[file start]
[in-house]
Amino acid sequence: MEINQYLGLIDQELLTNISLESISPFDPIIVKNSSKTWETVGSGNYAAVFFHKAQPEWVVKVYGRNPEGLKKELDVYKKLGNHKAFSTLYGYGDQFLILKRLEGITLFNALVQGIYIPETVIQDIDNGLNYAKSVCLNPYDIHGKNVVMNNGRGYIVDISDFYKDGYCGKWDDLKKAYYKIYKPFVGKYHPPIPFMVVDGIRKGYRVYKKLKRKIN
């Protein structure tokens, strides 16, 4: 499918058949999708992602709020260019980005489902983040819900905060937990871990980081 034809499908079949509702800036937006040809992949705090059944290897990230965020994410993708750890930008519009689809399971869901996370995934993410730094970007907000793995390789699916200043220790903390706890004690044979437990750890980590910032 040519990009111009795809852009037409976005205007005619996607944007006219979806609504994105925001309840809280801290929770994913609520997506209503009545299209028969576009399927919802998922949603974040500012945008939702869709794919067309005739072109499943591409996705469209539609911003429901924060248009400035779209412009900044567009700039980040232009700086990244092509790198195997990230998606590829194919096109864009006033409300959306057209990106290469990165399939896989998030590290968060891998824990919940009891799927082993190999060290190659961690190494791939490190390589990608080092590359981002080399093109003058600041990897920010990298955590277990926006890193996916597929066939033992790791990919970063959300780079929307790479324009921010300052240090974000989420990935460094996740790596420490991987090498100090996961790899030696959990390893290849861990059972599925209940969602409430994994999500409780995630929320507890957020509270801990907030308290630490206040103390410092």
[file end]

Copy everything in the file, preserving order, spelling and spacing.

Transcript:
[in-house]
Amino acid sequence: MEINQYLGLIDQELLTNISLESISPFDPIIVKNSSKTWETVGSGNYAAVFFHKAQPEWVVKVYGRNPEGLKKELDVYKKLGNHKAFSTLYGYGDQFLILKRLEGITLFNALVQGIYIPETVIQDIDNGLNYAKSVCLNPYDIHGKNVVMNNGRGYIVDISDFYKDGYCGKWDDLKKAYYKIYKPFVGKYHPPIPFMVVDGIRKGYRVYKKLKRKIN
């Protein structure tokens, strides 16, 4: 499918058949999708992602709020260019980005489902983040819900905060937990871990980081 034809499908079949509702800036937006040809992949705090059944290897990230965020994410993708750890930008519009689809399971869901996370995934993410730094970007907000793995390789699916200043220790903390706890004690044979437990750890980590910032 040519990009111009795809852009037409976005205007005619996607944007006219979806609504994105925001309840809280801290929770994913609520997506209503009545299209028969576009399927919802998922949603974040500012945008939702869709794919067309005739072109499943591409996705469209539609911003429901924060248009400035779209412009900044567009700039980040232009700086990244092509790198195997990230998606590829194919096109864009006033409300959306057209990106290469990165399939896989998030590290968060891998824990919940009891799927082993190999060290190659961690190494791939490190390589990608080092590359981002080399093109003058600041990897920010990298955590277990926006890193996916597929066939033992790791990919970063959300780079929307790479324009921010300052240090974000989420990935460094996740790596420490991987090498100090996961790899030696959990390893290849861990059972599925209940969602409430994994999500409780995630929320507890957020509270801990907030308290630490206040103390410092």